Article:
Mobile Website Design vs. Full Sites: 4 Ways They Differ
A mobile website design is vital to companies whose main goal is to reach all potential users of the WorldWideWeb.
It has become a necessity in today’s generation of extensive mobile use, which debunks arguments of it being merely a fad. Instead, analysts believe that the future of the internet will be tremendously dominated by mobile browsing.
What is a mobile website design?
A mobile website design, otherwise known as responsive design or adaptive design, pertains to websites that are structured and designed to provide an optimized and mobile-friendly user experience. It is a process where developers incorporate strategies to web development initiatives to ensure that the full version of a website is rendered and customized to suit the requirements of mobile interfaces and consoles.
With all the tangible benefits users gain with the use of mobile interfaces, it is not surprising to see mobile consoles toppling desktops and PCs in terms of popularity and use in the coming years. The always-on service of a mobile phone allows potential customers to access a breadth of products and services anytime, anywhere.
Day in and day out, you will see people logged in continuously on Facebook, posting status updates, sharing information, and chatting with friends through their mobile devices. Because they want to get the latest updates from friends, family, celebrities, and news, most people decide that being online 24/7 is the way to go. It is essential that companies invest time, money, and efforts in making their site as mobile-friendly as possible. With an optimized mobile website design, companies increase their chances of landing a sale every time a person uses his smartphone, tablet or laptop.
Spotting the Difference between Full Sites and Mobile Sites
Despite this wide adoption to mobile browsing, many companies still fail to develop a mobile website design. It is because they have the misconception that full sites and mobile sites are the same. They are making a big mistake since mobile interfaces and PCs differ in more ways than one. In an attempt to provide users with a better understanding of full websites and mobile websites, we have decided to compare them using the following metrics:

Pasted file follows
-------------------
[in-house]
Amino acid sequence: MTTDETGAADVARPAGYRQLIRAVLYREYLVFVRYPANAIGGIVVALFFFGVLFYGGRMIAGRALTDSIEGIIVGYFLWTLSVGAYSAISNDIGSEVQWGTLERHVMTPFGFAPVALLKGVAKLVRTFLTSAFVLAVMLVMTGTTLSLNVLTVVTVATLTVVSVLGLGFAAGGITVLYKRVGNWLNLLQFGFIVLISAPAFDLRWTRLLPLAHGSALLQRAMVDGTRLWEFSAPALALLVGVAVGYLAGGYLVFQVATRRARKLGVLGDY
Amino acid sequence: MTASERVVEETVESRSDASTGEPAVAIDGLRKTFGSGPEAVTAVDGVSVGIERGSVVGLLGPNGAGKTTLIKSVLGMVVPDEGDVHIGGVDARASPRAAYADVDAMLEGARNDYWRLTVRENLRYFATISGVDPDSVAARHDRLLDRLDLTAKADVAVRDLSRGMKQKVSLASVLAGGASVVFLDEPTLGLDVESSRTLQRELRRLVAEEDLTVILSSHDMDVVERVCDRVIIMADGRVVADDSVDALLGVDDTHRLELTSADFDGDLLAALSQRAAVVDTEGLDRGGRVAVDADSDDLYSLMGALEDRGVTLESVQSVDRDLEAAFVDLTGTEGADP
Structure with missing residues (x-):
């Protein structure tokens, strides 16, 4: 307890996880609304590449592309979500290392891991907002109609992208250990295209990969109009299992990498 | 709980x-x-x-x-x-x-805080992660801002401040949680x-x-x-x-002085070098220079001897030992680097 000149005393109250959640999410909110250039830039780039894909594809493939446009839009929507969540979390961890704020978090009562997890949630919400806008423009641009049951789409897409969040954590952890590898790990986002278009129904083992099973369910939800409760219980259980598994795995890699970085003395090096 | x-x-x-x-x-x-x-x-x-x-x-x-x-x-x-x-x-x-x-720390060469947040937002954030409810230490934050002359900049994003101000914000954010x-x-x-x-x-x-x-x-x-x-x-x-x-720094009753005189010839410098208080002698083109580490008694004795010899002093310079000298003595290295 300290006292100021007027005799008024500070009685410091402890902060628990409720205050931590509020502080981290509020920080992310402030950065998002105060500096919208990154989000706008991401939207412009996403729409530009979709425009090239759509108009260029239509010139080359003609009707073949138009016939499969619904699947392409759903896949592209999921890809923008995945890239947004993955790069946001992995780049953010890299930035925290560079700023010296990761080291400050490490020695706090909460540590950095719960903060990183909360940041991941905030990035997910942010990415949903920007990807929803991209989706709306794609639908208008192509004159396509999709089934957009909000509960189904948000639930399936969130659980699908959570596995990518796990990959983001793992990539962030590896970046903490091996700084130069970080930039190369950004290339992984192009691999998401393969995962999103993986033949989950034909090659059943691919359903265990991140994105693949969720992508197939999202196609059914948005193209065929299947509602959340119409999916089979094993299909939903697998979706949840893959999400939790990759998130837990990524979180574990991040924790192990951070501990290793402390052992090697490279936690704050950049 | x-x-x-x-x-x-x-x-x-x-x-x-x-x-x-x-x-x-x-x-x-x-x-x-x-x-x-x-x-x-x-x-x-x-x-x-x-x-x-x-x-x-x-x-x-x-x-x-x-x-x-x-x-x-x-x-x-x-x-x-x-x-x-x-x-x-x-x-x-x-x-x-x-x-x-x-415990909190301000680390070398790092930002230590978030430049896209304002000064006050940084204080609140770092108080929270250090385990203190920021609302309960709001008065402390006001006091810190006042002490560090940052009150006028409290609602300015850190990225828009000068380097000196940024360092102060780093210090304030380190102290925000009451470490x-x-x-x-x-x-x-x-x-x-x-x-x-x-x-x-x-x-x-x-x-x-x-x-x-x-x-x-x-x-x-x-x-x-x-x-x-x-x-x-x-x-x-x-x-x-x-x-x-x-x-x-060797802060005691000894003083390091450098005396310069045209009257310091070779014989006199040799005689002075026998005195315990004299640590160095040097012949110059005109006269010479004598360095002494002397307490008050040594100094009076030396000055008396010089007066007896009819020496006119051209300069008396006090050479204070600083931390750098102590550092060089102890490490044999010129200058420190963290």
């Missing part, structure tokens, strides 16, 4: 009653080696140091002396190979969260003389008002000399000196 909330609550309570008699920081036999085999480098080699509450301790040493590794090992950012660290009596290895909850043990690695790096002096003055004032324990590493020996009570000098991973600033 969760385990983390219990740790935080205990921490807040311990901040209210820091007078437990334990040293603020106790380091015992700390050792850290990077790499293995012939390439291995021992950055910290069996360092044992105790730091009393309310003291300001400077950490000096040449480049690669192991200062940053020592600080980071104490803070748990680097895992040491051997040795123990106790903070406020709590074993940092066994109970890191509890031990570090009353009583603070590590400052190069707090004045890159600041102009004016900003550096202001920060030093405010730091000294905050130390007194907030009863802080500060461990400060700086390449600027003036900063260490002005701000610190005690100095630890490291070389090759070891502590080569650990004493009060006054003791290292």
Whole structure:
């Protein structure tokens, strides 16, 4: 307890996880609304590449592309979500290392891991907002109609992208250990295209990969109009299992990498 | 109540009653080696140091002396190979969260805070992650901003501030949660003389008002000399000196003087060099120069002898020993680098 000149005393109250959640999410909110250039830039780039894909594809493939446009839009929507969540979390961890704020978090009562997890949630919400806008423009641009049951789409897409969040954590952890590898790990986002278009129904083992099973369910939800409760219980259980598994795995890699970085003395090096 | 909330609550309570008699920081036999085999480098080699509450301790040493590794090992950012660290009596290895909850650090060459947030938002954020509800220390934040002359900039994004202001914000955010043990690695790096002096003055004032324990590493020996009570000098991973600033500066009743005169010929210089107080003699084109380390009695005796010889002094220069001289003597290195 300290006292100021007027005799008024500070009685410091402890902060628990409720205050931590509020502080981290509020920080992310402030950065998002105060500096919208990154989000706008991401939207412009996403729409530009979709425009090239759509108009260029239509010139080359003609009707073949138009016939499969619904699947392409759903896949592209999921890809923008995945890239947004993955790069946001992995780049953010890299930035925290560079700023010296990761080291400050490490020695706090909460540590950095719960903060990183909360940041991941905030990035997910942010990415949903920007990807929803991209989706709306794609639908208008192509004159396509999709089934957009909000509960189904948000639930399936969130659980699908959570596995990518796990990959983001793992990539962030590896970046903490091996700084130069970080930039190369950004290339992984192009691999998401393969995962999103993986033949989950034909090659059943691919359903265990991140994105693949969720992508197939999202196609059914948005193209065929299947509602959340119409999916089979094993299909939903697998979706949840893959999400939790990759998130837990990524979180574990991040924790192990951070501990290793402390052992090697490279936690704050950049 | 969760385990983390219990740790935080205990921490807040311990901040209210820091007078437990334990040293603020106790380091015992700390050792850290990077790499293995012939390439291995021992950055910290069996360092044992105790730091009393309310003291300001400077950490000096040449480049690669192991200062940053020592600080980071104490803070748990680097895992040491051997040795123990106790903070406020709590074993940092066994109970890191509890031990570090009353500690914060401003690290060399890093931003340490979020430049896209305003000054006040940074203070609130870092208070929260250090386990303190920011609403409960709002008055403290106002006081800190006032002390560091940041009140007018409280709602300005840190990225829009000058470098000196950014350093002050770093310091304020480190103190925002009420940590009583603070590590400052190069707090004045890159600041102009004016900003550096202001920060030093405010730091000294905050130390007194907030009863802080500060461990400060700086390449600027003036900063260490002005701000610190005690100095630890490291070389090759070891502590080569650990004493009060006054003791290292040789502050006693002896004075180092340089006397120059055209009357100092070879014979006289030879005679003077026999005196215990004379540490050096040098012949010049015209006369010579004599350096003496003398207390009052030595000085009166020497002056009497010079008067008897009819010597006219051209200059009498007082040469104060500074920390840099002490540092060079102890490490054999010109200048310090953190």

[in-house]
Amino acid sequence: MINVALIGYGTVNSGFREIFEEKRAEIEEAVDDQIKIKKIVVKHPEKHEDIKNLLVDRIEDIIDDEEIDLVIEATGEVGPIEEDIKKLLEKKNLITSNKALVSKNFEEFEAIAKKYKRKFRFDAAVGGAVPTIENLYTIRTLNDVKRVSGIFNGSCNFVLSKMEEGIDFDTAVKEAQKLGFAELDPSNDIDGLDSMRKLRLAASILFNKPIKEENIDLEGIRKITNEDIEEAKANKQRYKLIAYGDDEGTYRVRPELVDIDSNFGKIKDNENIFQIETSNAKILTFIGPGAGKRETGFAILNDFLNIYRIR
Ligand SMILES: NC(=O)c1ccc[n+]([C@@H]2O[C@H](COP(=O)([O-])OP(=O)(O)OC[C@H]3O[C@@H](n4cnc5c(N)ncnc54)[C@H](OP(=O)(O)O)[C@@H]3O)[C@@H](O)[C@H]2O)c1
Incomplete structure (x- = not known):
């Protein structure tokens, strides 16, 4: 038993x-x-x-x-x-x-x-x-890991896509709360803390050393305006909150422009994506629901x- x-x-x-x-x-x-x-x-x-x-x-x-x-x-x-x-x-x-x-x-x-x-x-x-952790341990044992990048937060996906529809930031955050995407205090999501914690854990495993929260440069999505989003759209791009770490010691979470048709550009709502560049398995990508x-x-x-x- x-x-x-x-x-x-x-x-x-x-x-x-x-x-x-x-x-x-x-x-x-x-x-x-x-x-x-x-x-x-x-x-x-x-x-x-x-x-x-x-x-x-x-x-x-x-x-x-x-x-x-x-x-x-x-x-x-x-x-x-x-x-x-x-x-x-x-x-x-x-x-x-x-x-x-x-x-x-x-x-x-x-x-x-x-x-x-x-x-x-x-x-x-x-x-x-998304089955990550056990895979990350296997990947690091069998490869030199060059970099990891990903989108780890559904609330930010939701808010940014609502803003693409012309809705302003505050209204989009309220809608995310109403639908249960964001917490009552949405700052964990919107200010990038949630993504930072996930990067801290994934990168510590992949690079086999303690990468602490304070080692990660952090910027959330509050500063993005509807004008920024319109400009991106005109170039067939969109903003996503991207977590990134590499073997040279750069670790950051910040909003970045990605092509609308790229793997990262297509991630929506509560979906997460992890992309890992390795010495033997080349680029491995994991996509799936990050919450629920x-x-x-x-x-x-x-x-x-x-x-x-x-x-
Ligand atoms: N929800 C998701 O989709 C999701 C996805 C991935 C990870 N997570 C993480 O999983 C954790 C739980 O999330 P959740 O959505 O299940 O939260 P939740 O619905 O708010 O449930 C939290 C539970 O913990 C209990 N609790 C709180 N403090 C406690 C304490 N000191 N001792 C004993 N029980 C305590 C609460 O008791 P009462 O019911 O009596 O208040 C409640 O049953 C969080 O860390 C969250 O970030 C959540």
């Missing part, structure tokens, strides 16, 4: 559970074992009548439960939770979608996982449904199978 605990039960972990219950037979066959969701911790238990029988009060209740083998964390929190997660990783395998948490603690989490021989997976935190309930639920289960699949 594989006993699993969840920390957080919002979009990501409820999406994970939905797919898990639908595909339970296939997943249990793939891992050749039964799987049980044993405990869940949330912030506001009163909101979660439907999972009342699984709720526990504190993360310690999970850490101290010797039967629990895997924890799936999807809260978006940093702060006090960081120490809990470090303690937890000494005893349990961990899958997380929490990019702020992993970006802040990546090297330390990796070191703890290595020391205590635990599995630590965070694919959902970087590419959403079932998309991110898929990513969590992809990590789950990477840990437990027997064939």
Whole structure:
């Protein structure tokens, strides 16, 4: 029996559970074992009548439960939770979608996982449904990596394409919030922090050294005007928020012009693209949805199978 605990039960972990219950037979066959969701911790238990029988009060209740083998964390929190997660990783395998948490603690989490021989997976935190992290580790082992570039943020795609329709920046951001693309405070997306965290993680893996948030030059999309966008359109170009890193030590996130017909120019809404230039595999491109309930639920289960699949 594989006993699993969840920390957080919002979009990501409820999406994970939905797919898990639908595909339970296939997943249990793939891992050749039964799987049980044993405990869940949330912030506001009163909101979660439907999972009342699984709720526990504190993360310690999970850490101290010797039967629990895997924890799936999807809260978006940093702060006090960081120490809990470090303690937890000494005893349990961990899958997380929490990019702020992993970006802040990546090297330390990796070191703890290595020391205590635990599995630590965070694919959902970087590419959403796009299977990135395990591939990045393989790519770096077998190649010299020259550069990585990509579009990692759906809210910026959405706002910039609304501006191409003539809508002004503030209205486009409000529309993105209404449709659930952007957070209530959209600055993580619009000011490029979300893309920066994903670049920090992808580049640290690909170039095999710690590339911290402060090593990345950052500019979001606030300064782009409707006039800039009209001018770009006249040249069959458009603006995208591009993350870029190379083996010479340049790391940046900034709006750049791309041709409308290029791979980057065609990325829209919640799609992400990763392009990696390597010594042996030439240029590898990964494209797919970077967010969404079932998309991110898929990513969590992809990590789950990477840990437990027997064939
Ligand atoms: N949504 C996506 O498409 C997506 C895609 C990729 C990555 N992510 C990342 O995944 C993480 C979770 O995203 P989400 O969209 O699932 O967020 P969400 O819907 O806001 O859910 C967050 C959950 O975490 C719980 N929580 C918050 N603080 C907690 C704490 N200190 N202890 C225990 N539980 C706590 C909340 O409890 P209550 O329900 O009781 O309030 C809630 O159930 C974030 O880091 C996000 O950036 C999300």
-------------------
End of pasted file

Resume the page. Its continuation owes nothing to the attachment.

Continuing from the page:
This is one of the first things one probably notices when comparing full sites and mobile websites. A full site is designed by developers with 19 to 24-inch diagonal monitors in mind. Tablet and smartphone monitors are smaller than desktop monitors are; with diagonal measurements ranging from 4- to 10-inches.
Because mobile devices are relatively smaller than desktop monitors are, you need to finger-zoom in and out to make content readable and mobile-friendly. Full websites designed for desktop specifications are accessed using a cursor that hovers and clicks when a mouse, a touch pad, or pen stylus are used to navigate sites. In mobile websites, there are no hover screens or scrolling options.
With desktops, cursors or pointers are used to select content. Mobile devices are meant to be navigated using digits via a finger-tapping mechanism. Compared to mouse cursors, finger tapping can be quite annoying to use to access small buttons and tabs that full websites have when viewed on mobile devices. If sites are not converted for mobile access, the user experience can be quite frustrating since the tapping mechanism is less precise than mouse clicking.
To solve this problem of fat-finger browsing, web developers need to create a mobile website design where interface elements are enlarged for ease of use.
Orientation, Rendering, and Content:
Web developers need to simplify and condense content since the mobile webpage will look too cramped if sidebars, unnecessary tabs, and content are not reduced or removed altogether. Mobile websites should have less information than full sites, meaning texts should be cut into brief and concise versions. Web developers and copywriters also face a unique challenge of simplifying features, copies, and word count without removing essential selections.
The common approach of web developers is to make the design and layout more suited to the space limitations of a mobile platform. As such, they need to collapse a full website content into expandable widgets. Developers also need to remove heavy graphics, unnecessary embedded applications, advertisements, sponsored links, and scripts to make it simple and condensed which is a requirement to properly browse content using mobile means.
Speed of Access:
Since PCs run on high-speed internet, web pages and requests are processed faster compared to content on mobile websites. Mobile websites are accessed by the user using a wireless internet connection, 3G, GSM, or LTE connections that are comparable to dial-up internet access speed.
When creating a mobile website, you should design for real, everyday people. The bottom line is, companies need to tailor-fit their mobile websites to meet the desired structure, functionality, content, and security enablement that mobile users need and want.
All in all, it`s obvious that the future of the internet is strong related to mobile. We`re witnessing an incredible boom development of technology and who knows what the next day may bring to us? We shall wait and see!